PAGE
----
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    Sep 26, 2011 7:52 PM GMT
    And finally, will you PLEASE correct your title? It's not the Obama administration who's banning CFCs--the policy was set back in the Bush administration as part of compliance with the Montreal Protocol. I refer you to my second post in this thread.
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    Sep 26, 2011 8:46 PM GMT
    q1w2e3 saidAnd, as a doctor, I cannot tell you the last time I know of a patient who used an epinephrine inhaler for asthma. Albuterol has been the gold standard for many years.

    Ask your asthma friends what they use for their asthma. Chances are 50 to 1 it's albuterol.


    Sorry, what kind of doctor are you? Are you saying that the market data is wrong?

    http://www.foxnews.com/health/2011/09/26/popular-asthma-inhaler-to-be-pulled-off-market/

    Approximately 3 million people in the United States rely on Primatene Mist, according to the latest statistics from Amphastar Pharmaceuticals, the company that produces the drug.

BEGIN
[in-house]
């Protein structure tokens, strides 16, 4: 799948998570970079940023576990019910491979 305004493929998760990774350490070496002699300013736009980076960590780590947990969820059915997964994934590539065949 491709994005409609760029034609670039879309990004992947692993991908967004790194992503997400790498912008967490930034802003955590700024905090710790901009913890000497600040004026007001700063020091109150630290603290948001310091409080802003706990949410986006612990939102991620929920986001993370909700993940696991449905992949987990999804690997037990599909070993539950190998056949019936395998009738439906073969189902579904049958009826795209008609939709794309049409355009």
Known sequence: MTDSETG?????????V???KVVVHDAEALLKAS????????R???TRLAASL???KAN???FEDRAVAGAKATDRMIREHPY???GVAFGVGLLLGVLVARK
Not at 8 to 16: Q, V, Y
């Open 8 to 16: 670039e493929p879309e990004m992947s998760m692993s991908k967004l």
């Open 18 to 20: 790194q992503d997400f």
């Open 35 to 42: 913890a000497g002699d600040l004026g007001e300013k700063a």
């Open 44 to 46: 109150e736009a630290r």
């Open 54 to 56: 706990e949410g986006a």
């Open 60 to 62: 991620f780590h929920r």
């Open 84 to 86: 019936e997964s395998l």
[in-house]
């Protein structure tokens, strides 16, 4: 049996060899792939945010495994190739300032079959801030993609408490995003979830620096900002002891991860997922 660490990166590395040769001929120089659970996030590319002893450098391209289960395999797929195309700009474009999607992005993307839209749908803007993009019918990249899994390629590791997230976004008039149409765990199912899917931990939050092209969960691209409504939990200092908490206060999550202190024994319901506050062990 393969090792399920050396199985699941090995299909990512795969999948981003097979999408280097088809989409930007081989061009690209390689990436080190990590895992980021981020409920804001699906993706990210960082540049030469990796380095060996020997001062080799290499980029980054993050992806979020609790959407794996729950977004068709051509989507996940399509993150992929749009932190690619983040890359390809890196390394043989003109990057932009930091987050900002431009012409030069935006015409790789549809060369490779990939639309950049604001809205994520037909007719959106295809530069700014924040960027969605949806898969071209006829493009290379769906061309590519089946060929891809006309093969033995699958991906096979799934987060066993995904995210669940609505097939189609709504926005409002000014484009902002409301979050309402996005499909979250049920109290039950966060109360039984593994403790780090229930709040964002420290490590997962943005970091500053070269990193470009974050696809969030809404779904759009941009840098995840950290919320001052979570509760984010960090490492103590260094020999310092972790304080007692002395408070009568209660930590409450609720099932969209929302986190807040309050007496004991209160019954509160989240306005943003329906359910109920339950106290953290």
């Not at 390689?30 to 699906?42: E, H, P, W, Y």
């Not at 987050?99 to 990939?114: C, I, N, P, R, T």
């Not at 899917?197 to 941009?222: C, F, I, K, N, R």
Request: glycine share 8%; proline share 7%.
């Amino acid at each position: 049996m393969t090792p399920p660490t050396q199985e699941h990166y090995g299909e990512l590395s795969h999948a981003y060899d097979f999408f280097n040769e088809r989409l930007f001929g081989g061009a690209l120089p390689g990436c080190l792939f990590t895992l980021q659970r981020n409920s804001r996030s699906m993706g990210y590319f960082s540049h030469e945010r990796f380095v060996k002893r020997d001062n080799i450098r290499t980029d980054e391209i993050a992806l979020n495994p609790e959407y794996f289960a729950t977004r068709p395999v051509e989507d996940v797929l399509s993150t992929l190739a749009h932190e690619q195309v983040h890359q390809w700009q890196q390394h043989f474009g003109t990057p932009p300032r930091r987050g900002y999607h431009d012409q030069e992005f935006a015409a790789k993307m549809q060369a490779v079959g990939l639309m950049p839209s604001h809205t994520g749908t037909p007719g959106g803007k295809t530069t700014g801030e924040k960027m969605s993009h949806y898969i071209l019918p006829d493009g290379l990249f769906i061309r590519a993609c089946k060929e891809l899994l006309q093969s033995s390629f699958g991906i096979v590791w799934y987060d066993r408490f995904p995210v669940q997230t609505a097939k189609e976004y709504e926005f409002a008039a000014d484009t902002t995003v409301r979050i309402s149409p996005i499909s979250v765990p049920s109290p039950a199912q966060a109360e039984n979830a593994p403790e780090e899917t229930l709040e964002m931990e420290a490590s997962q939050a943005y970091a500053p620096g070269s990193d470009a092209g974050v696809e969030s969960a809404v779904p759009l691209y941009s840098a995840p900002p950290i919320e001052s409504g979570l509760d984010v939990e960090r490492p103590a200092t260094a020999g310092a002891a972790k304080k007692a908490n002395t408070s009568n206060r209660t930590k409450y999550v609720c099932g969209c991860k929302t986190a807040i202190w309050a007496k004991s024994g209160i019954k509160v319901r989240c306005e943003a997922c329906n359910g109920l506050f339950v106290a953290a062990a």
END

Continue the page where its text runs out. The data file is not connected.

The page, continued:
Not only are you banning something that has relatively limited impact compared to other CFC uses (ie cheap refrigerants in developing countries) - which incidentally was my point - and doubling the cost of something that is both effective, in use, and significantly cheaper.

    Incidentally, the science itself has been changing - but apparently in your arrogance at attempting to explain the chemistry, you missed a mountain of evidence in the intervening years that call into question the interaction specifically at the ozone layer: